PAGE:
Eddie is not interested in expanding into pallet recycling. "There are too many doing it right now," he said. He provides pallet recycling services on a limited basis for customers that request them. "If one of my customers needs me to do something like that, I will."
Arrington Lumber buys mixed hardwood pulp-type logs; many are tree tops as small as 6 inches in diameter. The company also buys some standing timber and has it harvested by contract loggers. In addition, it buys about 35 loads of cants per week. Occasionally the company purchases one to three loads of stringers or other components per week.
Arrington Lumber previously used gang saws to resaw sized cant material, but it changed all its lumber lines to band saws several years ago. The reason: saw kerf. "It didnít take me long," Eddie said, to figure out how many additional boards he could get out of his log supply.
The companyís pallet lumber lines are equipped with a slew of Baker Products horizontal band resaws. In all, the company has nearly 40 Baker band saws in various configurations Ė single-head machines, and two-, three-, four-, five- and six-head Baker resaw lines. Baker also supplied a corner clip saw.
Band resaws gained in popularity in the pallet industry in the 1990s because of the thinner kerf they offer. Eddie is convinced that band resaws have an edge in kerf, and he wants that edge. "I donít want to give up anything out of the log," he said. "Thatís why I put the Baker scragg mill in. I want to get everything out of the log that I can."
Recovering as much material from small logs is a challenge, he noted. "Thatís the problem working with small logs," he added. The Baker tri-scragg mill, however, is up to the challenge, he said. The best log to process on the machine is one that is 11 inches in diameter, Eddie has found. "Thereís hardly any waste."
Eddie is enthusiastic about his two principal pallet machinery suppliers, Baker and Viking. "I like Viking, and I like Baker," he said.
Arrington Lumber has three Viking Turbo 505 machines, two Turbo 504 machines, and a five-stringer Turbo 504. The six Viking nailing machines can produce 76 loads of pallets in eight hours, according to Eddie.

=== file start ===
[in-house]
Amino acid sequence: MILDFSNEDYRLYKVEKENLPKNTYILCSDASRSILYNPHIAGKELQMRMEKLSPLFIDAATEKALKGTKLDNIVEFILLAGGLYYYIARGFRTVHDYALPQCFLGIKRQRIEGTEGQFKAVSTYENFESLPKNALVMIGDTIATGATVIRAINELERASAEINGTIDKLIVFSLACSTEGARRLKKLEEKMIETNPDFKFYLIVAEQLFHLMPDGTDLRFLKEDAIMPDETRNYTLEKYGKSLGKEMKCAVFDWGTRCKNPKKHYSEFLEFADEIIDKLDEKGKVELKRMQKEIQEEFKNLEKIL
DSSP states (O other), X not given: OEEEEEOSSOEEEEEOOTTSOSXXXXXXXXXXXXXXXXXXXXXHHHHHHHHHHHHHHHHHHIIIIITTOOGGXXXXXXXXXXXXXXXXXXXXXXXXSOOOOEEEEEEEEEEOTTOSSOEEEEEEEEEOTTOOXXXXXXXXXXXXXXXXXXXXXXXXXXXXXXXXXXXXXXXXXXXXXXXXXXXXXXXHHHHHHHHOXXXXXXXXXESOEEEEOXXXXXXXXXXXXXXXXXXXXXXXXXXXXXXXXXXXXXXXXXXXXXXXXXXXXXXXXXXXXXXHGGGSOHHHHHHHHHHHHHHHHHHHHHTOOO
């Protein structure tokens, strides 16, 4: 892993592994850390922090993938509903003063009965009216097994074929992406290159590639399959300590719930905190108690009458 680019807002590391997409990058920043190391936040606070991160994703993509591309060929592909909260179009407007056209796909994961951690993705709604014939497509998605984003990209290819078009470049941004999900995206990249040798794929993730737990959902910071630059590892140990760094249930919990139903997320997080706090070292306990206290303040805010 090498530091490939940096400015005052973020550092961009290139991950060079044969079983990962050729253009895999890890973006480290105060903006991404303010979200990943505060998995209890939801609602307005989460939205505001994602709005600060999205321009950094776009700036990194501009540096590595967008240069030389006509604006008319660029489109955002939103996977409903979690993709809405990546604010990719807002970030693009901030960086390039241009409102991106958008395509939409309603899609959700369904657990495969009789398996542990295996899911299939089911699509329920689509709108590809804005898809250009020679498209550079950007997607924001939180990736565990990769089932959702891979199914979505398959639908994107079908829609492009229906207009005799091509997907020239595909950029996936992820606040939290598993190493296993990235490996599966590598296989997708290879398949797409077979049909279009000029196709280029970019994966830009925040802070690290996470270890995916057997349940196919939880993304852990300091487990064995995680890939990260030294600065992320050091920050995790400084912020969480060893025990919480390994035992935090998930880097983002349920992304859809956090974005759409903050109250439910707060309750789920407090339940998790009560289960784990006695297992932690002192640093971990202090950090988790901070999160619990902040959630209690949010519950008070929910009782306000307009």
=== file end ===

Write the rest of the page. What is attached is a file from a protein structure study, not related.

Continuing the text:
The companyís other pallet equipment includes a Baker corner clip saw and three Bob Hanna notching machines equipped with Econotool cutting heads.
Arrington Lumber has had its Cooper scragg mill for three years. "Itís a great mill," said Eddie, who considered investing in a second Cooper mill. The Cooper scragg mill makes cants, and Baker band saw lines resaw the cants and recover boards from the slabs. However, sawing small logs on the Cooper was not efficient, the company found.
Eddie began considering machinery options 18 months ago for processing small logs. He evaluated mills from numerous suppliers. "I looked at all of them," he said., before selecting Baker Products to supply a scragg mill.
Eddie has been partnering with Baker Products for 10 years or more and has been impressed with the durability of the companyís machines. "I have never replaced a Baker saw," he said. "Not one has ever worn out. Weíve added more, but we havenít replaced any."
The Baker staff has been very service-oriented, Eddie observed. "They do what they tell us." For example, Arrington Lumber personnel made some suggestions for modifying the new Baker line, and the Baker staff made the changes accordingly.
The company replaced one of its circle mills with the Baker circular tri-scragg mill system complete with sharp chain feed. Baker also supplied all peripheral equipment for the line, starting at the infeed log deck and including a circular slasher saw cut-up system and handling equipment. Arrington added onto one building and modified another to make a place for the new equipment, adding about 3,750 square feet of space under roof.